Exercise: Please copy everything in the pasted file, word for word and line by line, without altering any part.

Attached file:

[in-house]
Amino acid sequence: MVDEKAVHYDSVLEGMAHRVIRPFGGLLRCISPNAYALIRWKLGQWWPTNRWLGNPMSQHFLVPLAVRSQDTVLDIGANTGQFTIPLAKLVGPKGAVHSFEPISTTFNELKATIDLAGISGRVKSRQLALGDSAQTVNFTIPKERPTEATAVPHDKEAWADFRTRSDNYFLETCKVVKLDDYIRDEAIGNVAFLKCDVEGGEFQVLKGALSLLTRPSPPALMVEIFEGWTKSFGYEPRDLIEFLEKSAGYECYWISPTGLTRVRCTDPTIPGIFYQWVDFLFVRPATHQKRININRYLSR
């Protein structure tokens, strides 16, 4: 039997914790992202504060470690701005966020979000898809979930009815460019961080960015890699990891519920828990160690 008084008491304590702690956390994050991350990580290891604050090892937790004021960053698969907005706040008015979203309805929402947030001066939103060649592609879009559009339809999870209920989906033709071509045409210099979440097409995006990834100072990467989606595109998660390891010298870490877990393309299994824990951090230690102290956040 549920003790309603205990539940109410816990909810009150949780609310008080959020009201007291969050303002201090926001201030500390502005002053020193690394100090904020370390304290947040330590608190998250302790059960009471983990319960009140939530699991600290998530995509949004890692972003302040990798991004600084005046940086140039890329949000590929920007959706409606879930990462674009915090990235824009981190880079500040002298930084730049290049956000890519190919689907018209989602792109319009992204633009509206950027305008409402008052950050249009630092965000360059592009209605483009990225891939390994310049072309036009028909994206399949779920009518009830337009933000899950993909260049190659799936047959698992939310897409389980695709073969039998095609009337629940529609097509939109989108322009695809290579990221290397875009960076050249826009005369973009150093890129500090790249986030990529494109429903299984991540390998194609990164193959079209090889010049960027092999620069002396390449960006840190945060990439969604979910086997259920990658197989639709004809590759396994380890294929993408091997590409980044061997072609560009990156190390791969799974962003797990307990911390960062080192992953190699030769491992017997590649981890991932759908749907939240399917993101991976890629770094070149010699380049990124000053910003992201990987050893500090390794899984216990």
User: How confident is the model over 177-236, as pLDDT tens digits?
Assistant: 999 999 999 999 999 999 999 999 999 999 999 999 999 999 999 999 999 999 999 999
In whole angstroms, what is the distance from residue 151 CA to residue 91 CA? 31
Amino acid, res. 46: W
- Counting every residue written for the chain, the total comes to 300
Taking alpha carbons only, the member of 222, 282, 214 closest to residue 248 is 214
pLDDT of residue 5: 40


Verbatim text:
[in-house]
Amino acid sequence: MVDEKAVHYDSVLEGMAHRVIRPFGGLLRCISPNAYALIRWKLGQWWPTNRWLGNPMSQHFLVPLAVRSQDTVLDIGANTGQFTIPLAKLVGPKGAVHSFEPISTTFNELKATIDLAGISGRVKSRQLALGDSAQTVNFTIPKERPTEATAVPHDKEAWADFRTRSDNYFLETCKVVKLDDYIRDEAIGNVAFLKCDVEGGEFQVLKGALSLLTRPSPPALMVEIFEGWTKSFGYEPRDLIEFLEKSAGYECYWISPTGLTRVRCTDPTIPGIFYQWVDFLFVRPATHQKRININRYLSR
């Protein structure tokens, strides 16, 4: 039997914790992202504060470690701005966020979000898809979930009815460019961080960015890699990891519920828990160690 008084008491304590702690956390994050991350990580290891604050090892937790004021960053698969907005706040008015979203309805929402947030001066939103060649592609879009559009339809999870209920989906033709071509045409210099979440097409995006990834100072990467989606595109998660390891010298870490877990393309299994824990951090230690102290956040 549920003790309603205990539940109410816990909810009150949780609310008080959020009201007291969050303002201090926001201030500390502005002053020193690394100090904020370390304290947040330590608190998250302790059960009471983990319960009140939530699991600290998530995509949004890692972003302040990798991004600084005046940086140039890329949000590929920007959706409606879930990462674009915090990235824009981190880079500040002298930084730049290049956000890519190919689907018209989602792109319009992204633009509206950027305008409402008052950050249009630092965000360059592009209605483009990225891939390994310049072309036009028909994206399949779920009518009830337009933000899950993909260049190659799936047959698992939310897409389980695709073969039998095609009337629940529609097509939109989108322009695809290579990221290397875009960076050249826009005369973009150093890129500090790249986030990529494109429903299984991540390998194609990164193959079209090889010049960027092999620069002396390449960006840190945060990439969604979910086997259920990658197989639709004809590759396994380890294929993408091997590409980044061997072609560009990156190390791969799974962003797990307990911390960062080192992953190699030769491992017997590649981890991932759908749907939240399917993101991976890629770094070149010699380049990124000053910003992201990987050893500090390794899984216990």
User: How confident is the model over 177-236, as pLDDT tens digits?
Assistant: 999 999 999 999 999 999 999 999 999 999 999 999 999 999 999 999 999 999 999 999
In whole angstroms, what is the distance from residue 151 CA to residue 91 CA? 31
Amino acid, res. 46: W
- Counting every residue written for the chain, the total comes to 300
Taking alpha carbons only, the member of 222, 282, 214 closest to residue 248 is 214
pLDDT of residue 5: 40